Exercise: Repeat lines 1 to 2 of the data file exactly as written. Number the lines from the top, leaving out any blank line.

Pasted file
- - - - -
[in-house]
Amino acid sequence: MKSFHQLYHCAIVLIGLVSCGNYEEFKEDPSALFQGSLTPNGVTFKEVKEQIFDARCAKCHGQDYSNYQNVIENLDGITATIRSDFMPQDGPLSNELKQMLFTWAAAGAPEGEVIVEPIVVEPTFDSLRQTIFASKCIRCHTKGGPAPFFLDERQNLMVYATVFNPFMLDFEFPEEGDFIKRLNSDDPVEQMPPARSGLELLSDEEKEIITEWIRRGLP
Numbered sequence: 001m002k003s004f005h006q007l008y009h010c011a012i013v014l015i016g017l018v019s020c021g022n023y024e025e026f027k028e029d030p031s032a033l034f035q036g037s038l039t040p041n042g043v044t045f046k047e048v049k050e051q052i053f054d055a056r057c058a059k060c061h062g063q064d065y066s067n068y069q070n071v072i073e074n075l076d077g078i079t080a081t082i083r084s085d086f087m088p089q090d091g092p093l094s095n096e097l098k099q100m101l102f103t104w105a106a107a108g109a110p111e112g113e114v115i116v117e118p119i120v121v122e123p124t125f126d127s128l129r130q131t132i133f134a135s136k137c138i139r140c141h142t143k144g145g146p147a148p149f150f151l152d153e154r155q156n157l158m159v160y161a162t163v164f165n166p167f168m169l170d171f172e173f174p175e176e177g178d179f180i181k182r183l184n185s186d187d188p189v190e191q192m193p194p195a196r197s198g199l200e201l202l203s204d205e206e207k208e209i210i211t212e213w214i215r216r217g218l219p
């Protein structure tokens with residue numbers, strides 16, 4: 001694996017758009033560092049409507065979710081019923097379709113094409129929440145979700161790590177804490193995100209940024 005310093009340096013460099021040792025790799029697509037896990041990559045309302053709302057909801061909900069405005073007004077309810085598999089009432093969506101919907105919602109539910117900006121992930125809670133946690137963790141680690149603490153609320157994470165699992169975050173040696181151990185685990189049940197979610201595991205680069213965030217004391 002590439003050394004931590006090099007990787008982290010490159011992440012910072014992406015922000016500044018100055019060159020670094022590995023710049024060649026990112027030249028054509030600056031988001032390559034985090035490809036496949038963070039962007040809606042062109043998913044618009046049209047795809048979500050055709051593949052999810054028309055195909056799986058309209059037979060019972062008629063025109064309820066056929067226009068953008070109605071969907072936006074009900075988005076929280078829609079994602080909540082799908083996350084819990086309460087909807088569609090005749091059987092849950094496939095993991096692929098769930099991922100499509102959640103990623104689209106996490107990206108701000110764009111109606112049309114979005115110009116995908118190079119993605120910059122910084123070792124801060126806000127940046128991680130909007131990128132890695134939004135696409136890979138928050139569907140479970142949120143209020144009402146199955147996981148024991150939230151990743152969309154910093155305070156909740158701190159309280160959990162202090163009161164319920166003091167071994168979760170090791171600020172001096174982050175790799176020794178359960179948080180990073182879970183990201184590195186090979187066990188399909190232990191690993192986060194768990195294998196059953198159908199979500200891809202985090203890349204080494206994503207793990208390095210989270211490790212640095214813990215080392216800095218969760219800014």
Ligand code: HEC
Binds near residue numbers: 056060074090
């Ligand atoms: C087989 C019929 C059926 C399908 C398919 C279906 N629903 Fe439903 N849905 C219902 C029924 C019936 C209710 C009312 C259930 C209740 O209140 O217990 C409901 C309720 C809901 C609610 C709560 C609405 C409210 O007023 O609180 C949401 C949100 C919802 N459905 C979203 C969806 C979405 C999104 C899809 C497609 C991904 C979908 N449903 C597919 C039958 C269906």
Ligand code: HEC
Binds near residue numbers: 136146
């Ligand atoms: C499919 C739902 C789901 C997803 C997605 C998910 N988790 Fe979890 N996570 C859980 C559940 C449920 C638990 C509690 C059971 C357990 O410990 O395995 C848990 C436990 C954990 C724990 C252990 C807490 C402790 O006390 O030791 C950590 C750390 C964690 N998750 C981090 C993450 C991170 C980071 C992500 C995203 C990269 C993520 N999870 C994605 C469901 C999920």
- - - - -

[in-house]
Amino acid sequence: MKSFHQLYHCAIVLIGLVSCGNYEEFKEDPSALFQGSLTPNGVTFKEVKEQIFDARCAKCHGQDYSNYQNVIENLDGITATIRSDFMPQDGPLSNELKQMLFTWAAAGAPEGEVIVEPIVVEPTFDSLRQTIFASKCIRCHTKGGPAPFFLDERQNLMVYATVFNPFMLDFEFPEEGDFIKRLNSDDPVEQMPPARSGLELLSDEEKEIITEWIRRGLP